I spotted a post yesterday, but didn’t hang on to the link, about someone who gave up his family wealth and went downtown with 25 bucks in his pocket. In 9 months, he had demonstrated the American dream by building up to an apartment and vehicle. Not to be down on this guy, but he hasn’t really worked his way up. He always knew he could opt out, which is what he did eventually. Working your way up without the opt-ut button is much harder because it is scary.

The morale of the story is keep your contingency fund. Keep your social support. And provide that life line for others too!

You must see the way ahead in our mind’s eye. They must see the way ahead in their mind’s eye.

The second interesting experiment is the famous marshmallow experiment.

We put a little kid in a room with a marshmallow and tell him or her: if that is still there in 15 minutes when I come back, I will give you another one. Kids that wait to get two (delayed gratification) do better in life.

Now let’s try a thought experiment. Say the kid knows I cheat and I am not going to deliver. Or worse, when I come back, I will take the first one away as well. They’d do better to scoff the first marshmallow in an instance.

The world must also work for us and we need to know it works for us.  Hence we plan but don’t overplan. We bring things under our control but leave enough room to adapt to circumstances as they unfold. Michael Frese of Giessen University has shown this with entrepreneurs all over Africa.

The key: be realistic. Hope is not pie in the sky. It is built on a realistic understanding of what we are doing and for most of us, that gives us a very real pleasure.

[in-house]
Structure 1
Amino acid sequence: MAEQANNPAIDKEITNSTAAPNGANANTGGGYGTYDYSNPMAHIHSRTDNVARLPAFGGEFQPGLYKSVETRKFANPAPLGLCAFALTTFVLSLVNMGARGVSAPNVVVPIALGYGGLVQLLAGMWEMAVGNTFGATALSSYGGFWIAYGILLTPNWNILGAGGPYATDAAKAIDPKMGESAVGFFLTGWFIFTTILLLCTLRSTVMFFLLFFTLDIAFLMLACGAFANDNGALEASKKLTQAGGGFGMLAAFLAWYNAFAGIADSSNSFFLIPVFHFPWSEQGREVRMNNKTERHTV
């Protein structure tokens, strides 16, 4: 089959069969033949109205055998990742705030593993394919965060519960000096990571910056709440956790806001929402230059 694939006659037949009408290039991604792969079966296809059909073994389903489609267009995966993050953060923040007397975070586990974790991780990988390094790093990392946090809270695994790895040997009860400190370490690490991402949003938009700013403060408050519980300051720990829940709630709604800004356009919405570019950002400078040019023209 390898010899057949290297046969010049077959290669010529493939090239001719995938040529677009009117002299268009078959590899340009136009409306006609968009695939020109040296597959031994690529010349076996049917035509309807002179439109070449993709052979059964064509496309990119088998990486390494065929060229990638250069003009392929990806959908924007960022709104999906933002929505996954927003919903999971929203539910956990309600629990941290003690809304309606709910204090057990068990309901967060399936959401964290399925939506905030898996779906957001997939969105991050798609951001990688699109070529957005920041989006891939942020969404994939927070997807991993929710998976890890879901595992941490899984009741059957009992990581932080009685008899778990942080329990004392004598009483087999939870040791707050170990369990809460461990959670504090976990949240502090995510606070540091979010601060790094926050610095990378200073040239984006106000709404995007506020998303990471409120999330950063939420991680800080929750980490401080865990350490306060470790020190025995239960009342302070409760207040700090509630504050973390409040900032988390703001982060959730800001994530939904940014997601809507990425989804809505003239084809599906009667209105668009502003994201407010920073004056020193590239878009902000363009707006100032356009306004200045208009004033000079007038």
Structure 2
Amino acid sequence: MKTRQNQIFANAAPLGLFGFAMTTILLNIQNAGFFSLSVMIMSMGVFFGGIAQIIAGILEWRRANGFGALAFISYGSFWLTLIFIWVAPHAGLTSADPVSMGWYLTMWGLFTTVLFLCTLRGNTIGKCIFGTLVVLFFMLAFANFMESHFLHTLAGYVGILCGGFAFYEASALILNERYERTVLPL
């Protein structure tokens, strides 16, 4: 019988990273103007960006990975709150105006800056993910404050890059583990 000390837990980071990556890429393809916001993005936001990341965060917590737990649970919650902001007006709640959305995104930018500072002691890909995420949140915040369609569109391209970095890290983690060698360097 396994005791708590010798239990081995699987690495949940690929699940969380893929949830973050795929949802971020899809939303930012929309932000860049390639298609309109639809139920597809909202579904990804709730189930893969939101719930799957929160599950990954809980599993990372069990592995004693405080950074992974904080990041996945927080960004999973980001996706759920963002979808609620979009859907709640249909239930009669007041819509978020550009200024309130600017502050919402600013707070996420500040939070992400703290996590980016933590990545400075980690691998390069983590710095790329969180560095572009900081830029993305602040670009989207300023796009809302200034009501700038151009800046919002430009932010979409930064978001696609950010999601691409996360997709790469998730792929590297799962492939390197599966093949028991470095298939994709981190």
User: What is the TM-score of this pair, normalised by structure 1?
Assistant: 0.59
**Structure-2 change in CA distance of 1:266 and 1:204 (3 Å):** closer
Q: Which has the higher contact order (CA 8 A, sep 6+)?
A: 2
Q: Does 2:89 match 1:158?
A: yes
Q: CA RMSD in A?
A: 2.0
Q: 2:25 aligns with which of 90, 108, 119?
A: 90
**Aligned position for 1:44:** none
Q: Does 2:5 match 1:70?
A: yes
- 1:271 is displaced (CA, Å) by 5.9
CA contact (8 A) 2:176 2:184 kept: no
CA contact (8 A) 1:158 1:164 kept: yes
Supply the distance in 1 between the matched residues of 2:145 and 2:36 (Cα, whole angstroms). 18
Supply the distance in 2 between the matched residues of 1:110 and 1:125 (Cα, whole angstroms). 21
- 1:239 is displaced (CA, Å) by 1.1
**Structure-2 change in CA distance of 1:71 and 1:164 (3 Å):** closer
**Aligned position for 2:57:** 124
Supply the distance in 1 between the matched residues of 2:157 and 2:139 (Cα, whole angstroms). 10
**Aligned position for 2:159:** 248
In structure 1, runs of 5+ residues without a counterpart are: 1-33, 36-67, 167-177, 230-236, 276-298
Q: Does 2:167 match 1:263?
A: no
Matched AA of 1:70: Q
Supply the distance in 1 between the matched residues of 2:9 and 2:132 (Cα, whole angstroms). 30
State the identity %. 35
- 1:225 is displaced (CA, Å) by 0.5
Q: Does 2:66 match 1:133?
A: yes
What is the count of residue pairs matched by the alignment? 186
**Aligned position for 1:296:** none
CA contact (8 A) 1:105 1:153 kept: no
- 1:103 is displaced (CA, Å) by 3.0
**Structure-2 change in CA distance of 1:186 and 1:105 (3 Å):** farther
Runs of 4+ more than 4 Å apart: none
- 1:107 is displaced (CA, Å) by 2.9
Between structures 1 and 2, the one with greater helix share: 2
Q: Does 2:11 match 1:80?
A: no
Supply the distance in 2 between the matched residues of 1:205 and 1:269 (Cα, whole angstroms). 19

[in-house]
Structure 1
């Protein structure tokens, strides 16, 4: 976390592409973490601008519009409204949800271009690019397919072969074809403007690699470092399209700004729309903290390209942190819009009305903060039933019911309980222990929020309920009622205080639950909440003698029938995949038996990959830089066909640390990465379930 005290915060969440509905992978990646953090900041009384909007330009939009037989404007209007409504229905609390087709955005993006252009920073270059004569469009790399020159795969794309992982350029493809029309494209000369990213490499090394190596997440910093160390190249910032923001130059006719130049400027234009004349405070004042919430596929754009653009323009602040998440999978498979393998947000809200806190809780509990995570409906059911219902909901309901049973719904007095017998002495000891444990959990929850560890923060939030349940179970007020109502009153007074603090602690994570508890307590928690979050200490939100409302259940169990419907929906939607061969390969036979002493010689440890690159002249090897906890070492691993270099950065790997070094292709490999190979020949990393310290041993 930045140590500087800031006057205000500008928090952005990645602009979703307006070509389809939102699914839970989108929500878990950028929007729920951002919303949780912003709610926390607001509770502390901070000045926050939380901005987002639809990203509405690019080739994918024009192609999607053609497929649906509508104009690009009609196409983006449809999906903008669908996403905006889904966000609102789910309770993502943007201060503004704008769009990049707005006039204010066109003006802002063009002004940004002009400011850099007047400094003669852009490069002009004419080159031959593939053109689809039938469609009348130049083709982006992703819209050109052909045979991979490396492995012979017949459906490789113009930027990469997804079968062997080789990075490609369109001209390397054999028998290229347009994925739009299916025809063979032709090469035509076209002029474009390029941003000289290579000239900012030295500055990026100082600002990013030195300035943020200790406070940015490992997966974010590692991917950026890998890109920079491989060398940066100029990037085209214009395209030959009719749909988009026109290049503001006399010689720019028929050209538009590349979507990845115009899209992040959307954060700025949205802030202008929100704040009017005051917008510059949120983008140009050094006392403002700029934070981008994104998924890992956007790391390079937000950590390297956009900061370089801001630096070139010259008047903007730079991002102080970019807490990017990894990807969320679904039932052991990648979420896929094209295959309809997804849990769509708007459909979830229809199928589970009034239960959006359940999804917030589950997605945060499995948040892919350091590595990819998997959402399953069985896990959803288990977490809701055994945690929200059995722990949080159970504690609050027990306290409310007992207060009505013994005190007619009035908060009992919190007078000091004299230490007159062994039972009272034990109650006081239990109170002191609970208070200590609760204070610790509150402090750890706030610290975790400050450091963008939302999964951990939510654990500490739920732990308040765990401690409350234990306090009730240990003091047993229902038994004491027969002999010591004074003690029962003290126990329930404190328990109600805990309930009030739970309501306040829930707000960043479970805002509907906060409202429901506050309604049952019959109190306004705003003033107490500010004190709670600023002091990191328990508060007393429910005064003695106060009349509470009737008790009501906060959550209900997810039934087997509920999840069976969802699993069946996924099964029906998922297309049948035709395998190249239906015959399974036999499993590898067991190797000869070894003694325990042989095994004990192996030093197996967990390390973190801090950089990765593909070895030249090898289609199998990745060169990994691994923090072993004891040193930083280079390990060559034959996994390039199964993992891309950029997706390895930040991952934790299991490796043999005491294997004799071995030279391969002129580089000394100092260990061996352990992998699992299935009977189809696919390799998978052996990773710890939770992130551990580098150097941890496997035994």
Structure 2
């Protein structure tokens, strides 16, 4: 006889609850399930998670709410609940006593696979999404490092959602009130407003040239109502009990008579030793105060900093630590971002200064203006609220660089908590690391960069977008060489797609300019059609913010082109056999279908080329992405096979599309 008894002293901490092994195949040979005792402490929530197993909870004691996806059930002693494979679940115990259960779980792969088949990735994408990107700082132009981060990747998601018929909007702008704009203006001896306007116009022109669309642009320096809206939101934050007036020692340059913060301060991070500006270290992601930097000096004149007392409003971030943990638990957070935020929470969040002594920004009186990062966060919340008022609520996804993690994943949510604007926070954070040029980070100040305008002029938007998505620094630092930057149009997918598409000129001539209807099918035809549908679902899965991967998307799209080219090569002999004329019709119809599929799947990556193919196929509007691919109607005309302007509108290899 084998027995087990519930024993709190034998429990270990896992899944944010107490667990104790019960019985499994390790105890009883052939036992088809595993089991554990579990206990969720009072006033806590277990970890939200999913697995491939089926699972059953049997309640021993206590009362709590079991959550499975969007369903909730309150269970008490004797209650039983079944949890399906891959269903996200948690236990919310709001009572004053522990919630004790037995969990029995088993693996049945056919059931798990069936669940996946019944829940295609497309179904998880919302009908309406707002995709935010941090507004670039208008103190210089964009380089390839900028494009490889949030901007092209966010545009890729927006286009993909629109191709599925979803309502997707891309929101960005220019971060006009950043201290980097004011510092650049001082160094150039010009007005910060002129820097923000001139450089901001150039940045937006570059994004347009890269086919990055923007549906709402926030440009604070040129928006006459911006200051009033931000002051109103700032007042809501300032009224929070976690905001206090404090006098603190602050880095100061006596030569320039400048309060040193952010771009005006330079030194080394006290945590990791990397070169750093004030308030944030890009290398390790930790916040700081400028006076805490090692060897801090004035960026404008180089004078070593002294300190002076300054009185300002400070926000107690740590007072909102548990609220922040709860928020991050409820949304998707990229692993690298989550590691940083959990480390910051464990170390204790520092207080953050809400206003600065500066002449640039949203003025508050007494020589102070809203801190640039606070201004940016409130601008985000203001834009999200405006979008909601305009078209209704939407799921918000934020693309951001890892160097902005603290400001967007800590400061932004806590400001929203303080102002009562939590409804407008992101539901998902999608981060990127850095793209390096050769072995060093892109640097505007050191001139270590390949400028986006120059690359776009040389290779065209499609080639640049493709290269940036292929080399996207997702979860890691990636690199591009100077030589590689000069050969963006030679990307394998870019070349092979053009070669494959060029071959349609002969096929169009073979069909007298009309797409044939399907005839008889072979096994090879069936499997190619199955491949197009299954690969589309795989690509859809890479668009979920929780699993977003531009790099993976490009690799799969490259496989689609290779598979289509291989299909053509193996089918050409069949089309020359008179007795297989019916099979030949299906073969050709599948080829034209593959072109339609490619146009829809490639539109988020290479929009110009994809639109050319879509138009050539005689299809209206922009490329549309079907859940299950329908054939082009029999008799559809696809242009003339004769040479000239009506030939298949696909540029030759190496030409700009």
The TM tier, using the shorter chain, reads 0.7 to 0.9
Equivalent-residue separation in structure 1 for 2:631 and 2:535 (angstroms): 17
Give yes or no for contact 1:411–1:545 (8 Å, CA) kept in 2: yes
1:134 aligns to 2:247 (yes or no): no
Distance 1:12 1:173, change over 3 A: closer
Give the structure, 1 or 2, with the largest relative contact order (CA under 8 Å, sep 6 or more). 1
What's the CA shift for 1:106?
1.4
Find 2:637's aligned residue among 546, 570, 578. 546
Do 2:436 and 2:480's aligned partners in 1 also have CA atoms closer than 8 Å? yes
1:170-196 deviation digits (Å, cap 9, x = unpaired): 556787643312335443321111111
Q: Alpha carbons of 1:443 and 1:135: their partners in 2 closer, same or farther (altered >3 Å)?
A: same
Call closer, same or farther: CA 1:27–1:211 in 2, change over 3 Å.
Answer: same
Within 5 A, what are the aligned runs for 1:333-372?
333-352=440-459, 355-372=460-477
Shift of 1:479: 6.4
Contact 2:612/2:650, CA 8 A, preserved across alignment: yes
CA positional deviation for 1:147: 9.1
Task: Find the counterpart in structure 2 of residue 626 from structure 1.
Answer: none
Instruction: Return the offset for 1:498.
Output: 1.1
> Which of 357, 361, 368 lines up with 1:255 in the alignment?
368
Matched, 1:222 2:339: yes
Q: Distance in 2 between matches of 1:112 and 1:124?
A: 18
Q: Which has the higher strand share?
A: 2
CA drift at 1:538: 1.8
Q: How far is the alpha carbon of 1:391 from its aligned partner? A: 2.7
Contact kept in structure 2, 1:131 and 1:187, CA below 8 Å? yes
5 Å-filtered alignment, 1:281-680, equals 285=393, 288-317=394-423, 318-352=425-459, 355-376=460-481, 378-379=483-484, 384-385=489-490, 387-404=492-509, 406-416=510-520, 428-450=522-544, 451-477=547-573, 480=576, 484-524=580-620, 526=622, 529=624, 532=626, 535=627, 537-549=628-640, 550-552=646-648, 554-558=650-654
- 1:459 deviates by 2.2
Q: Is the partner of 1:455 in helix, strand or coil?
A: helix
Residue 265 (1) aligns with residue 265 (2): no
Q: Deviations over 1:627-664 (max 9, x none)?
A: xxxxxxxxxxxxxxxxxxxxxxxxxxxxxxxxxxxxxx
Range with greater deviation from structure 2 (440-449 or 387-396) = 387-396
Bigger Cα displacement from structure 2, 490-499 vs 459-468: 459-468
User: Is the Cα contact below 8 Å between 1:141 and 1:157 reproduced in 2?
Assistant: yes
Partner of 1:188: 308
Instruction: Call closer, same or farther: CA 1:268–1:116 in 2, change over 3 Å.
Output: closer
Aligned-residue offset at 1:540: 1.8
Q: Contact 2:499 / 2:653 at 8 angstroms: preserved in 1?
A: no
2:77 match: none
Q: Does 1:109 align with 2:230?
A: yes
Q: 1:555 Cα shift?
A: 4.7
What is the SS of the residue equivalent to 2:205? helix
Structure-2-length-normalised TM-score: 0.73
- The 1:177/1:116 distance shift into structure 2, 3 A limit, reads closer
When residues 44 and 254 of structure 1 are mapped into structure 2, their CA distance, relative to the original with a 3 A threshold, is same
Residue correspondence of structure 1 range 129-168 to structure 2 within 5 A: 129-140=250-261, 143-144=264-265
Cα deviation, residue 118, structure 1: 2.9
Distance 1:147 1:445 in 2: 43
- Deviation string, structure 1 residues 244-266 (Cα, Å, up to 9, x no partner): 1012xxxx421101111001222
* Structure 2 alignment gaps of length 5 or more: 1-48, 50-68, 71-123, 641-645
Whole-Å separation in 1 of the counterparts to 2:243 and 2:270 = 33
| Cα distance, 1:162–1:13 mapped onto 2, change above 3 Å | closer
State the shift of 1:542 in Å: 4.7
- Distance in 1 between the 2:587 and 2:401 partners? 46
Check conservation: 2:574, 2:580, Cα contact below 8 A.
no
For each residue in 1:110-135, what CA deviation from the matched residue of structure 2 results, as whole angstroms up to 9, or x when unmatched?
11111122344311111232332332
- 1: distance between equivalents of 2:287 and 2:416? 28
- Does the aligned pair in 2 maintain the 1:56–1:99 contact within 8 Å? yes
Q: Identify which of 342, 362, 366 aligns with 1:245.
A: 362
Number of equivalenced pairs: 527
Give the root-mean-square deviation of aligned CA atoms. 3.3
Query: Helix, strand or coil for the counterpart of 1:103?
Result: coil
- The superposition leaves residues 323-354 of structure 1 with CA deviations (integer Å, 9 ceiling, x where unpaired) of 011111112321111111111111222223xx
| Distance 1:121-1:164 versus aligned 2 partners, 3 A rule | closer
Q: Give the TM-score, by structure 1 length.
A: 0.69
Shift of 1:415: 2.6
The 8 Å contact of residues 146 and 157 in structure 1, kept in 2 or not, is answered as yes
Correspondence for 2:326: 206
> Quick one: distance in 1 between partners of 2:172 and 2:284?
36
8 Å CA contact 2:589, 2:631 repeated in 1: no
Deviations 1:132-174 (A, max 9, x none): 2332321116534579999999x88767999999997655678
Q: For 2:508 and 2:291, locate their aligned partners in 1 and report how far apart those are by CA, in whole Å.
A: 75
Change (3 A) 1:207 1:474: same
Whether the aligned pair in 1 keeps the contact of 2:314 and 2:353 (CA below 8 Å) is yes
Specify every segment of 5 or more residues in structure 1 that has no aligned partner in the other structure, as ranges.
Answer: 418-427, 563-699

Hope and the entrepreneur or creative artist

Will your relatives and friends undermine your entrepreneurial efforts, or your dreams to be an artist, or your determination to do something different?

Sure they will. They don’t know what you know.

So you must help them. Give them some time lines. Give them some concrete markers. Don’t expect them to see the world through the same lens as you. Your lens is your knowledge of the situation, your knowledge of the way ahead, and your knowledge of your skills.

That is hope, and it is delicious and self-affirming and encouraging and magnificent and even miraculous.

Learning about hope through movies

To explore hope further, try contrasting these movies:

Shawshank Redemption for knowledge and intricate planning.

Polyanna (is it called Tomorrow?) for optimism and infectious cheerfulness (for those doubting Thomas’)

The Legend of Bagger Vance for accepting social support and trusting to the coherence and timeliness of your ideas

Hope and Mistakes

And what has any of this to do with making mistakes? What will seem like a mistake to others is simply a learning curve to you (at least most of the time).   We are positive about errors when we trust the task, ourselves and the partners in our adventure.

Thanks for the stimulating post. For more ideas on entrepreneurship, go here.

Watch list: effectuation

The logic of entrepreneurship.  Is this a term to watch?

UPDATE 2011 (four years since my first post):  Effectuation has become a bigger deal.  It’s even in Wikipedia now.

UPDATE:  Work seems to be going on at this website. They even have a unconference of sorts in December 2009. [which website?]

The papers on this site explain well the tough concept of “Ready Fire Aim”.  From these papers, its possible to translate the concepts of positive psychology and positive organizational scholarship into business practice.

It is also possible to argue logically for a strategic approach based on the level of predictability in the environment.